Thousands of curious minds trust the Weekly Filet for food for thought. Every Friday, a carefully curated set of the best links from around the web, helping you make sense of the world and yourself.

The Return of FOMO

It’s a bit of a paradox: This pandemic made us miss out on so many things. And yet, as everyone else was missing out, too, that most quintessential feeling of my generation almost completely vanished: no Fear of Missing Out. Well, it’s coming back. This piece perfectly captures all the conflicting emotions «returning to normal» bring along. Don’t miss out, read it now

From Weekly Filet #351, in June 2021.

    Help a Computer Win the New Yorker Cartoon Caption Contest

    Each week, The New Yorker challenges its readers to come up with a caption for one of their cartoons. The creative geniuses at The Pudding have started an experiment: Can artificial intelligence create humour, good enough to win the contest? Each week, it will produce three captions, and you can help train the model by telling it how good they are. Check it out. (Bonus: did you know that there are three universal captions that work with every cartoon?)

    From Weekly Filet #350, in June 2021.

      Don’t ask forgiveness, radiate intent

      You’ve likely heard it, you’ve probably said it yourself: «It’s better to beg forgiveness than ask permission.» I’ve used it countless times to allow myself (and people in my teams) to shake things up. And yet, I can’t help but agree with this take, making the case for a third option. Read it now

      From Weekly Filet #350, in June 2021.

        Song Exploder: Imagine Dragons — Follow you

        A great exhibit for why I love the Song Exploder podcast: It manages to turn an ordinary earworm for the masses into something special, by revealing how it came to be. Bit by bit, you listen as the song takes shape — a song about love and loyalty, triggered by an appointment with the divorce lawyer. Listen to it now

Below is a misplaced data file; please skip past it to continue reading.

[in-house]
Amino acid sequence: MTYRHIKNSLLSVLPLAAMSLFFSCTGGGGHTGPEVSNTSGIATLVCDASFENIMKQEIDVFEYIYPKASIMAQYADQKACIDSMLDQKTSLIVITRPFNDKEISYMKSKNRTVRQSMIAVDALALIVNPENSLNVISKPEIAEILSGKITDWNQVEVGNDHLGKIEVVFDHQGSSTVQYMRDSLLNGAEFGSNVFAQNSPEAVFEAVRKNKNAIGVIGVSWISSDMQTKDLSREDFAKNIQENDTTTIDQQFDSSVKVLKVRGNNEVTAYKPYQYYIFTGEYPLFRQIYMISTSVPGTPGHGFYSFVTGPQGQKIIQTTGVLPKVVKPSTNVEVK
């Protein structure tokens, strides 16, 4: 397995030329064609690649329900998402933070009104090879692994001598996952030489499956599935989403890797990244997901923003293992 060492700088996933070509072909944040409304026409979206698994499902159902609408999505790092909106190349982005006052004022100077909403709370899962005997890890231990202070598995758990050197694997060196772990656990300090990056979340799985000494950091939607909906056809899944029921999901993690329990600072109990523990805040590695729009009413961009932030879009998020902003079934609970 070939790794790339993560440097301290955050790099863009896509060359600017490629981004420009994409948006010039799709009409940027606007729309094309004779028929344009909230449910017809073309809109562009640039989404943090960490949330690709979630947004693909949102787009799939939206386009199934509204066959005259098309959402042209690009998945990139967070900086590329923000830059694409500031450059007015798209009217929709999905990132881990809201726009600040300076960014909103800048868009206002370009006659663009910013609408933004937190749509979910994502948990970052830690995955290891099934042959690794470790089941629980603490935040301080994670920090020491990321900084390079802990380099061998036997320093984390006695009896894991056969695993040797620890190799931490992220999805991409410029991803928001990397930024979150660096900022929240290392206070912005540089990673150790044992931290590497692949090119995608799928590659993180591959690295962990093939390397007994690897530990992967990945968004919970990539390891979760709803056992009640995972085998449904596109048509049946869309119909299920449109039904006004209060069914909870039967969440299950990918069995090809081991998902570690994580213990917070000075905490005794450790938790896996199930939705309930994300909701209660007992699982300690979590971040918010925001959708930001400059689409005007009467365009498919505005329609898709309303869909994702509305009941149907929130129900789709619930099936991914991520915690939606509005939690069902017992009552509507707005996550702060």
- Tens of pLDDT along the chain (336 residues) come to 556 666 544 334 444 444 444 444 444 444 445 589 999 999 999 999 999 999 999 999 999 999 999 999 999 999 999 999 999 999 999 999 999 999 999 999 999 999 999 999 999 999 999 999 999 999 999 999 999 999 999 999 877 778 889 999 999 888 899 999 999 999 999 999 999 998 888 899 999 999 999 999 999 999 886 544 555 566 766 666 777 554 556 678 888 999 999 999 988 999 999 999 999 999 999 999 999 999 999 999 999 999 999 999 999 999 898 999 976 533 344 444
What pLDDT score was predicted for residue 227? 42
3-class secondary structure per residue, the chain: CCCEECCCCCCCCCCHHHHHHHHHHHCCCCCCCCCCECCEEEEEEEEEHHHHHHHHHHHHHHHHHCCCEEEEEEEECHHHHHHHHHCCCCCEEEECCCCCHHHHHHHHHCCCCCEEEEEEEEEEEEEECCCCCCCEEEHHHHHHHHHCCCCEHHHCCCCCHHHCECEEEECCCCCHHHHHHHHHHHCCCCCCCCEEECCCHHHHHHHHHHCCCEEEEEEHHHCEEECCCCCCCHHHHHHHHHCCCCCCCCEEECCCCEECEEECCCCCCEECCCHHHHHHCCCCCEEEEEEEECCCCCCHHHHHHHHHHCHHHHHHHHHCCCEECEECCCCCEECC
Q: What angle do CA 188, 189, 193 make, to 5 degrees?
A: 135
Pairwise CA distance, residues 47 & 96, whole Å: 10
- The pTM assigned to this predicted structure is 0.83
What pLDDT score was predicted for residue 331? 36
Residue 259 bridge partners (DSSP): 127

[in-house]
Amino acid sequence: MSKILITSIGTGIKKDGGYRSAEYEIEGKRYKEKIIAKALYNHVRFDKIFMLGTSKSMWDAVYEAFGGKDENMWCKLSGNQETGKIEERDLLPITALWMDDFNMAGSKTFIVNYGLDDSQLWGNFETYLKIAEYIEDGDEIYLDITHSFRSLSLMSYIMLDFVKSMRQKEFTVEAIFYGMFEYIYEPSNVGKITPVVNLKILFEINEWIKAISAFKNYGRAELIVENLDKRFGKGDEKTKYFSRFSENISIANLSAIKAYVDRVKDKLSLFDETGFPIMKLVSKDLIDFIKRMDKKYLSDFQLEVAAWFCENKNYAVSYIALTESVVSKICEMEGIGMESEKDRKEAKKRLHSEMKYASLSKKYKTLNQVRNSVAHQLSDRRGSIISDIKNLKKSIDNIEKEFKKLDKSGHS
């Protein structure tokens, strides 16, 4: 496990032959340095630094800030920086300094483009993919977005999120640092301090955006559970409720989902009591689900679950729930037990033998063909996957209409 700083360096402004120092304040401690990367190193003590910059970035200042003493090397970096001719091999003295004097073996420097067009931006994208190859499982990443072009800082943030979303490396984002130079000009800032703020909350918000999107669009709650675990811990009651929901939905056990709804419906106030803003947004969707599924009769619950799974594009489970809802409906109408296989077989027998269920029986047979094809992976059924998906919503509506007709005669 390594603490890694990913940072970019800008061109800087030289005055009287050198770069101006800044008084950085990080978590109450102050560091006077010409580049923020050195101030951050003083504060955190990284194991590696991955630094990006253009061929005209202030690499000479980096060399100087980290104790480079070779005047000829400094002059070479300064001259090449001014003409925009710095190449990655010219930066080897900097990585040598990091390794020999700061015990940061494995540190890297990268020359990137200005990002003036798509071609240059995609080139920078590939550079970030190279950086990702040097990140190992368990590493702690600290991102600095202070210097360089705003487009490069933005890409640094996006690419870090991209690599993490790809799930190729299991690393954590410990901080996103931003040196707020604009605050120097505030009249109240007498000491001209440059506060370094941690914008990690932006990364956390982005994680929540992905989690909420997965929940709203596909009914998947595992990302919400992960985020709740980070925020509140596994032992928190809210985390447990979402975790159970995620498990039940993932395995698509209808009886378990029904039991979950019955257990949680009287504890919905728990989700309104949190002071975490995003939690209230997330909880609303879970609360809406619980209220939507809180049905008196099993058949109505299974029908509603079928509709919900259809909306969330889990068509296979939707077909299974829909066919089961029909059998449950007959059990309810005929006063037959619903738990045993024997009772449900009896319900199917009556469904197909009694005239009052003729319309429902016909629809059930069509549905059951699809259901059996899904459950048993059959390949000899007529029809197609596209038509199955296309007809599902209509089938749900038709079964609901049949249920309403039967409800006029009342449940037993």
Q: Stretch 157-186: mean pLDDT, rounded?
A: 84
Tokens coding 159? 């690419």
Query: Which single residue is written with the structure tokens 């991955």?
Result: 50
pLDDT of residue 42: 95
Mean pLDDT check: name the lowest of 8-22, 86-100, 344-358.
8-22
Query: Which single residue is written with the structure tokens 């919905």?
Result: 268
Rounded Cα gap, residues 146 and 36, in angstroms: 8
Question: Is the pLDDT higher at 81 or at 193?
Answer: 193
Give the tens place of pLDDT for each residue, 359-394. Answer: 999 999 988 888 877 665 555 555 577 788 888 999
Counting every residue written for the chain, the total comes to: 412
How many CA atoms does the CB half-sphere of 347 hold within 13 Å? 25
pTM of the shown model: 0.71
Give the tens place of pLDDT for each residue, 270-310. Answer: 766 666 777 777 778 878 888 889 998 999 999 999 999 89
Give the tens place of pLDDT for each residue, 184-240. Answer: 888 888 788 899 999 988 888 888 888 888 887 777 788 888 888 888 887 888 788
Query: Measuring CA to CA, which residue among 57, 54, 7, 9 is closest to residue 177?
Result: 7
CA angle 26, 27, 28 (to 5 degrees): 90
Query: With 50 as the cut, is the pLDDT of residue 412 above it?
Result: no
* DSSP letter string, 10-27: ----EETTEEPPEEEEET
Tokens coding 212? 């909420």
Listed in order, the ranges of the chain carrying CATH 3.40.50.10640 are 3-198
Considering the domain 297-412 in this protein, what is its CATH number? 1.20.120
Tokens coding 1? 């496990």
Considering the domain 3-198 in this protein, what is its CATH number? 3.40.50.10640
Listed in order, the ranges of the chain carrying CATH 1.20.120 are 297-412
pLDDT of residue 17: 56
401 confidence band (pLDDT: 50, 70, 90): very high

From Weekly Filet #350, in June 2021.

          We Need To Get Real About How the Pandemic Will End

          Last week, I recommended a piece on how the pandemic will end. This one pairs well with it, as it takes a different perspective and strikes a more dramatic tone. Zeynep Tufekci tries to wrap her mind «around what increasingly looks like a catastrophic possibility for the rest of the pandemic: […] It is increasingly likely that most of the deaths from this pandemic will happen even after we got the vaccines.» The post-pandemic future is near, it’s just not very evenly distributed. Read it now

          From Weekly Filet #350, in June 2021.

            How Humanity Gave Itself an Extra Life

            Over the past 100 years, the average human life span has doubled. The NYT Magazine has a fascinating deep dive into how this became possible (among the reasons: safer milk, vaccinations, statistics). One of the most interesting aspects: How in some phases increases in life expectancy were egalitarian while in others only privileged people benefited. Read it now

            From Weekly Filet #350, in June 2021.

              How the Covid pandemic ends

              Vaccines are saving lives and paving a path to normalcy (for those who have access to them, that is). However, somewhat counterintuitively: «The truth of the matter is that pandemics always end. And to date vaccines have never played a significant role in ending them.» Read it now

              From Weekly Filet #349, in May 2021.

                How cities will fossilise

                I’m always intrigued by the types of questions humans find the time and curiosity to ponder. Such as: What will remain of today’s megacities in the far future, geologically speaking — how will they fossilise? If this has been something that kept you awake at night, you can finally be at ease (jokes aside, this is a super interesting read). Read it now.

                From Weekly Filet #349, in May 2021.

                  The Millennial Vernacular of Fatphobia

                  I was a teenager at the same time as the author of this piece. I remember most of the outrageous examples she lists. And yet, I realise how privileged I was as a boy not to be negatively affected by any of them. Anne Helen Petersen (whom you might know from a viral essay on millennials as «the burnout generation») on the culture that framed the female body as a «project in need of constant maintenance in order to achieve its ideal, attractive form». Read it now

                  From Weekly Filet #349, in May 2021.
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